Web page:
My N95 8GB was the best "phone" I ever had. About 2 weeks after I bought my N97, I got the N95 back out of the drawer and switched back to it while I waited, and Waited for the N900. The evil malodorous N97 when into the phone drawer, never to emerge, except perhaps to burn it on the sidewalk in fron of the Nokia flagship store in Chicago.

        Now that cell phones and mobile computers are merging, the old "phone" OS's like Symbian reall can not be stretched to fill the bill. I don't remember if anyone ever tried

        • Re: (Score:3, Interesting)

          by BasilBrush (643681)

          I don't remember if anyone ever tried putting a GUI on top of CP/M, but that is analogous to trying to make Symbian work as a touch screen OS.

          Complete nonsense. The original name for Symbian OS was EPOC 32, and it was developed for the Psion 5 - a touch screen PDA. So in actual fact, the OS and APIs were designed from the outset for touchscreen as well as keyboard.

          • When I'm using my E71 and I think back to the clean and simple UI on the Psion 5, it makes me weep.

    • by cenc (1310167)

      So is their future technology commitment going to be maemo linux or symbian?

      • Yes. :P

        I bet on a smooth migration: Symbian will live on in lower-end phones (where buyers don’t want to pay for new development.) and get a bit straightened out.
        And it parallel, Maemo Linux will grow out of infancy.

        But ultimately Maemo will be the main system of the future, yes.

    • by unix1 (1667411)

      The N900 on the other hand is just phuquing unbelievable. Once they put QT on top of Maemo Linux, it will be so far away from any othe the other phone OS's, that there just will be no contest.

      They should have done that years ago, then they would have been ahead by a mile right now. But no, they had no balls. Trolltech was always there, they were always doing their thing - remember Qtopia and the Greenphone? They always had the software and the technology that can and should be taken to the next step.

      Now they may go the way of Windows Mobile, with the promises of things that are year(s) away to be introduced to the market, and still beating the near dead horse that is Symbian. Maybe in the next 2

    • Re: (Score:2, Interesting)

      by Jazzbunny (1251002)
      Back in the days Symbian wasn't a pig, I had Nokia 7650, the first Symbian phone released, and it was everything nerd could hope for. For example I had universal TV control program there, so I could change the channels at my local sports bar at my will and cause mayhem if I wanted to. Later Symbian were locked up more tightly, but currently Maemo looks something I had back in the days + more. I will be using my tax refunds to get N900 and I think I wont regret it.
    • Nice, how you backed that “argument” up with facts... oh wait, you didn’t.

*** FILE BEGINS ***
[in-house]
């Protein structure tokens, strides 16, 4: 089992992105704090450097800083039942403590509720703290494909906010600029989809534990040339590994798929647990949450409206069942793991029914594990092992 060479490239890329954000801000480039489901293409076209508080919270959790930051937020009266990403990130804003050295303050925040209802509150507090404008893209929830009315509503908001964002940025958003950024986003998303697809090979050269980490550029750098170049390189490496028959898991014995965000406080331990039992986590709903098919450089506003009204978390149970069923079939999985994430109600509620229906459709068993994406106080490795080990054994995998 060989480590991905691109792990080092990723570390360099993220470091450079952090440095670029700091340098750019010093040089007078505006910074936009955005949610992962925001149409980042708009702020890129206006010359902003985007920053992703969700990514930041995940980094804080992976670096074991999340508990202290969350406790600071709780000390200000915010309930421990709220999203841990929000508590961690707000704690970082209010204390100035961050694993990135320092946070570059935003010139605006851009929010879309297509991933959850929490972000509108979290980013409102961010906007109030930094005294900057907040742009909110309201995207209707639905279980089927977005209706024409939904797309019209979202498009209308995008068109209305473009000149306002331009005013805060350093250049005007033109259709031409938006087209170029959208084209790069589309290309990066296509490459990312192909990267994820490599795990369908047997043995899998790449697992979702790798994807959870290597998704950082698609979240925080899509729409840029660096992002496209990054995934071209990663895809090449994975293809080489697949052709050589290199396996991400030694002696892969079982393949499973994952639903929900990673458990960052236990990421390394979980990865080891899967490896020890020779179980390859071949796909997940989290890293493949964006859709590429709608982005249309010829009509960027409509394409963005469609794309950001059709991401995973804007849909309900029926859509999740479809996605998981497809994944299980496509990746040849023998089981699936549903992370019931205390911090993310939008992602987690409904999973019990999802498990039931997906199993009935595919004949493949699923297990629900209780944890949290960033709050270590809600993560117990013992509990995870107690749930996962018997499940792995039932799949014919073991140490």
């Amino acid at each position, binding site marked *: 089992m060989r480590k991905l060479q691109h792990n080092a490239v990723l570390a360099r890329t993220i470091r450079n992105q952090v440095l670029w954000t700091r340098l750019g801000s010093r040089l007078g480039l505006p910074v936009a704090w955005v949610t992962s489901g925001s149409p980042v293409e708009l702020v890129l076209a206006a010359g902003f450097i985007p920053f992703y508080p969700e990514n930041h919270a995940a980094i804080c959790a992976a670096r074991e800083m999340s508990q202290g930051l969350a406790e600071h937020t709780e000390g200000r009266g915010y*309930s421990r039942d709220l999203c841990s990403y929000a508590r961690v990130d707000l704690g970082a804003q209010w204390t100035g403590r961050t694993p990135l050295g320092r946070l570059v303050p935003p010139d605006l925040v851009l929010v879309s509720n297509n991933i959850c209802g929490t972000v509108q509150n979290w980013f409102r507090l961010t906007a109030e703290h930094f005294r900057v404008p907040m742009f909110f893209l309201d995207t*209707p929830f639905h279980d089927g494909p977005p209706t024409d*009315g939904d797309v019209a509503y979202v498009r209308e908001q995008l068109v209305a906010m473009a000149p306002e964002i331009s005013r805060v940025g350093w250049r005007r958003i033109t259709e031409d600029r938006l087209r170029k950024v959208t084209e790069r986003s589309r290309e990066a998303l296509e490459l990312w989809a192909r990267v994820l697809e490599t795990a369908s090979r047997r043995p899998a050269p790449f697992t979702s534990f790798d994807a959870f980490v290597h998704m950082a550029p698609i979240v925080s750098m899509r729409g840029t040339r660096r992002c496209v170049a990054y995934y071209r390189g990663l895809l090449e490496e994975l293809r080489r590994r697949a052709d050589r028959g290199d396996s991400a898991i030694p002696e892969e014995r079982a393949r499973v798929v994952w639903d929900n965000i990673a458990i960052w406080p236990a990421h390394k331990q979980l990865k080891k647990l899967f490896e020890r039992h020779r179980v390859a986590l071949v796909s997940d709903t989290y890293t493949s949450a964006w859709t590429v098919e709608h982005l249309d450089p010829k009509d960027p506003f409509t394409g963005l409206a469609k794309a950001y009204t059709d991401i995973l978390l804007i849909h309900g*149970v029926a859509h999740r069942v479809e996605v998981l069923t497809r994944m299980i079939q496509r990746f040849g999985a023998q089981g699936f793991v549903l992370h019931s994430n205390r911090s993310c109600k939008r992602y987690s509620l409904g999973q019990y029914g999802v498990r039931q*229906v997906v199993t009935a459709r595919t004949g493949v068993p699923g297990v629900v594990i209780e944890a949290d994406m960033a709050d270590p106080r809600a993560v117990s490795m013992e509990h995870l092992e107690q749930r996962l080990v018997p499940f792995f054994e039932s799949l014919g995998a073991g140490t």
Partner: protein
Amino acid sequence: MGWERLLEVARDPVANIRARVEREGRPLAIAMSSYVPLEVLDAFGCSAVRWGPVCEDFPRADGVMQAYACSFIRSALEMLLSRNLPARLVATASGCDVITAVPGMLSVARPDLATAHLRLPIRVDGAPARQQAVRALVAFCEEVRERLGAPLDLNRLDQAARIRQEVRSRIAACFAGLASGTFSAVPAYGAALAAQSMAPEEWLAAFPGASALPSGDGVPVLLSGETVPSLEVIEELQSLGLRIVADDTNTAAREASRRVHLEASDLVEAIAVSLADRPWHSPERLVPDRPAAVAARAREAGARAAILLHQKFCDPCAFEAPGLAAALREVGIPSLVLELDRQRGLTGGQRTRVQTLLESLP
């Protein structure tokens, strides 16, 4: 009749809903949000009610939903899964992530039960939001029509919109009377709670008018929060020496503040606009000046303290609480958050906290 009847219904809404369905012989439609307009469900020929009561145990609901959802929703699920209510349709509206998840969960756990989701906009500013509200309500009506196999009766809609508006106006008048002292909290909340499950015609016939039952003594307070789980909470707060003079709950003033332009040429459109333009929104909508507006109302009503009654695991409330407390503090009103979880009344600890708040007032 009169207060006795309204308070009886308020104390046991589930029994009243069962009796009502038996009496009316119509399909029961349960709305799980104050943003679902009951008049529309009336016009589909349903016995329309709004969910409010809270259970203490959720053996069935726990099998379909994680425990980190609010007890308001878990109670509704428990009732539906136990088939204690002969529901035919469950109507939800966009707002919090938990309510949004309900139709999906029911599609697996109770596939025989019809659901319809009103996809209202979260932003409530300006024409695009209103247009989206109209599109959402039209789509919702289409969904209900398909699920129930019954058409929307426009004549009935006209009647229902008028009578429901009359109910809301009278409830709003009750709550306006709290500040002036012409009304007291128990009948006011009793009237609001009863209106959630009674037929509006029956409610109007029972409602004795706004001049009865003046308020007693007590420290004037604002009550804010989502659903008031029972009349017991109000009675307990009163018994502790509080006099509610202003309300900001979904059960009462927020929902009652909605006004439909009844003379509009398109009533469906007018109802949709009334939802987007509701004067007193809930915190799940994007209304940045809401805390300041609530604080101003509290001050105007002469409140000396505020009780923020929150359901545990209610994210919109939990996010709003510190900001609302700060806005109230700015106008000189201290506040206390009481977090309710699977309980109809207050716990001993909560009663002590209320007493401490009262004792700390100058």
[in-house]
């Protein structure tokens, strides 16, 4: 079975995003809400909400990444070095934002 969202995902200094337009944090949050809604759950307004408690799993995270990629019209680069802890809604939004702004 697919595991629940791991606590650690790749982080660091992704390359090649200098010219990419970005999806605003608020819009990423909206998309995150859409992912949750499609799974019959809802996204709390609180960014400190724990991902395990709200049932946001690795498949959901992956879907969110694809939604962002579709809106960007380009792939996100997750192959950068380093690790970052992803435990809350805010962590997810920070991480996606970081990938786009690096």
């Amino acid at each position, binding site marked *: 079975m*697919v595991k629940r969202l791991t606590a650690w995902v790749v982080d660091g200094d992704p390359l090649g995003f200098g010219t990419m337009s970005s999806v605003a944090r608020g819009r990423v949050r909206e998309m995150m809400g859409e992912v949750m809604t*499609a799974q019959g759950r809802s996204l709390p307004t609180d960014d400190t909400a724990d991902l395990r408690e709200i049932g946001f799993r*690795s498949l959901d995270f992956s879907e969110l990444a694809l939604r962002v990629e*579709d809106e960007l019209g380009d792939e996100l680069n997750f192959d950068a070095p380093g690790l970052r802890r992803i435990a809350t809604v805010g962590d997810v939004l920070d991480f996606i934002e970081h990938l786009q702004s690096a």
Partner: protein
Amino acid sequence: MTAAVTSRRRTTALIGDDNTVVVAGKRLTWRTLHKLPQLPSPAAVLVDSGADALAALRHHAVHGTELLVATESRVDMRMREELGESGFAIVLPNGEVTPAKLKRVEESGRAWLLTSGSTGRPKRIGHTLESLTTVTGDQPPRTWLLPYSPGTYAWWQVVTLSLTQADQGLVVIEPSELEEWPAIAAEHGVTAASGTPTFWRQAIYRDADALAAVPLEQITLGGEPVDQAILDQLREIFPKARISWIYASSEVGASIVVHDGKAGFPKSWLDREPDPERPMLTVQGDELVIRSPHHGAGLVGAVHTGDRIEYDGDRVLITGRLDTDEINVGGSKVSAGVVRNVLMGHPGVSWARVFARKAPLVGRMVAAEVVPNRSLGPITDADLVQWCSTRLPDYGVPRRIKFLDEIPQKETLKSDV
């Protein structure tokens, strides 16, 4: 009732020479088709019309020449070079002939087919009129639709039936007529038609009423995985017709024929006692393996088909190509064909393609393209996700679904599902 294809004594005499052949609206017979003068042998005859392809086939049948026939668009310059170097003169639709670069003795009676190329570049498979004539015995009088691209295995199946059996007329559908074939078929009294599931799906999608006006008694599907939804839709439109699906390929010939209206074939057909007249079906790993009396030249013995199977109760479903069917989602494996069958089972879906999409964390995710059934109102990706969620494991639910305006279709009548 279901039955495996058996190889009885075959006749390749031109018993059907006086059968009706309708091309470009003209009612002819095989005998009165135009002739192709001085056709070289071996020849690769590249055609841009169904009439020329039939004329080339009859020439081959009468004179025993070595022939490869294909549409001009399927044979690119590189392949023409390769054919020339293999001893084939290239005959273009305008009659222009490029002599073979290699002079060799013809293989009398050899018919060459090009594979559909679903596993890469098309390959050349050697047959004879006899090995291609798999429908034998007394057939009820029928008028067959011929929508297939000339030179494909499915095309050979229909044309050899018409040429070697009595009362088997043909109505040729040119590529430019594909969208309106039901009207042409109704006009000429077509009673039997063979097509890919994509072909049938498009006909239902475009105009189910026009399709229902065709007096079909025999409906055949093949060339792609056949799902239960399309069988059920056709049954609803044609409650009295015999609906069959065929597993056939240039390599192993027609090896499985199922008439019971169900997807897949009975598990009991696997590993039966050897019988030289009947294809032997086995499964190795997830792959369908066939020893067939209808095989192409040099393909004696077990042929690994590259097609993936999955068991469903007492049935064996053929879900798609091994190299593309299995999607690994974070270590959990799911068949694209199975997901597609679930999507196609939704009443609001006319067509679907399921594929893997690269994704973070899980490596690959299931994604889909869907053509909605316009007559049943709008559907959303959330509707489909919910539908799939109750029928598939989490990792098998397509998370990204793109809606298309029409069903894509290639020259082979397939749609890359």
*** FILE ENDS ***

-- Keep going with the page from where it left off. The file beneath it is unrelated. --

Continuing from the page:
I could say “that’s your opinion” if you had any backing up. I could even agree if you had good argument.
      But since you came to the table with *nothing*, I’ll stay with my 10 years of experience with Symbian devices.

      And I must say from a user perspective, they are freakin’ great! Symbian did always beat any other phone OS I knew.
      Now finally, there are others who catch up. But this does no

  • Lets all welcome Nokia to 2007.

  • Symbian vs Maemo (Score:1, Informative)

    by Anonymous Coward

    I believe they will make developing for Symbian easier with a) Qt b) PIPS http://en.wikipedia.org/wiki/P.I.P.S._Is_POSIX_on_Symbian
    They will also do the same for Maemo 6. UI will be written in Qt and the main things separating Maemo 6 from Symbian^4 are:
    - Kernel (Linux vs EPAv2)
    - Package management (.sis vs .deb)
    I wouldn't be surprised if the two platform would converge some time in future, since Symbian's upcoming Qt-based Direct UI should be possible to run on Maemo 6 with minor changes and vice versa.
    Als

  • A day late and a dollar short for my money. Their interface was creaking as much as their design language five years back. I looked at an X6 today and it's basically an I phone clone, just a cheaper plasticky one. Come on nokia you need to genuinely innovate not just throw out new keypad layouts on the same old candy bar phones.
  • Owners of expensive Nokia Symbian S60 phones should be happy that they can upgrade their existing hardware to a shiny new version of the OS. But what is really going to happen is they are forced to throw away their old phone and pay all over again for a new hardware/OS bundle.

    Nokia has no incentive to produce a truly great phone - whenever they came close to this in the past it depressed new sales because people did not want to give up their old one.

  • I've owned a dozen or so phones nearly all of which have been from Nokia. Never again - the 6220c I currently own is ludicrously locked down and restricted. It works, kind of, but not the way I want it to work. I do mean locked down by Nokia not by a GSM operator. Do Nokia think I am stupid I paid 200 quid for this phone and expect to have root on it.

The amount of weight an evangelist carries with the almighty is measured in billigrahams.